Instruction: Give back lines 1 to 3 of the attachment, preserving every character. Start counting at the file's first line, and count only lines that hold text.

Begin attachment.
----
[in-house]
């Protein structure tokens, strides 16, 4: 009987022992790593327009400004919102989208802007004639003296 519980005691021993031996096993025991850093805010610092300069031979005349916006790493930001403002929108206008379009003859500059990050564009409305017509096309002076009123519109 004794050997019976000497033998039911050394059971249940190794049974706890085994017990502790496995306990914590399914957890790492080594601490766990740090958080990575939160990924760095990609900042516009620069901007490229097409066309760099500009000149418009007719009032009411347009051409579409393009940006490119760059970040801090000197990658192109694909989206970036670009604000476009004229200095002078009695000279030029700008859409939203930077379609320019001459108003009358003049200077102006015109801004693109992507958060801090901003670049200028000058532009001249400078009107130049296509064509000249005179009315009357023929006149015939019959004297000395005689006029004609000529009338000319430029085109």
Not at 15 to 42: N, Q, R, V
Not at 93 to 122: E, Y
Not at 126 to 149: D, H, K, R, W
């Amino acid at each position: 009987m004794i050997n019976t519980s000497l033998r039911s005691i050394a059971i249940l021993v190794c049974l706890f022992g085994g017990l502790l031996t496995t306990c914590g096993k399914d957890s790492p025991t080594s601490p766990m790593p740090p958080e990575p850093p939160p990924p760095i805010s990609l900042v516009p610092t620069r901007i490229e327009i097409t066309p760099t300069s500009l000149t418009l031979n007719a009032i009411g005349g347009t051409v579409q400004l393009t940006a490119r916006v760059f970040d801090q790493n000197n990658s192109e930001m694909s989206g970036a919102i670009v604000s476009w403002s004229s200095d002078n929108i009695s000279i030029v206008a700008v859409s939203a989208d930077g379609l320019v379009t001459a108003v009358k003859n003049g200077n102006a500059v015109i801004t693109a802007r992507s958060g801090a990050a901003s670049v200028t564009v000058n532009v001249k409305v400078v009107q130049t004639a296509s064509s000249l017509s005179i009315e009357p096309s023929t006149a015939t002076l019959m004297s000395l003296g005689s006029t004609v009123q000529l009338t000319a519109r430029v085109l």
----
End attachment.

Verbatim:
[in-house]
């Protein structure tokens, strides 16, 4: 009987022992790593327009400004919102989208802007004639003296 519980005691021993031996096993025991850093805010610092300069031979005349916006790493930001403002929108206008379009003859500059990050564009409305017509096309002076009123519109 004794050997019976000497033998039911050394059971249940190794049974706890085994017990502790496995306990914590399914957890790492080594601490766990740090958080990575939160990924760095990609900042516009620069901007490229097409066309760099500009000149418009007719009032009411347009051409579409393009940006490119760059970040801090000197990658192109694909989206970036670009604000476009004229200095002078009695000279030029700008859409939203930077379609320019001459108003009358003049200077102006015109801004693109992507958060801090901003670049200028000058532009001249400078009107130049296509064509000249005179009315009357023929006149015939019959004297000395005689006029004609000529009338000319430029085109």
Not at 15 to 42: N, Q, R, V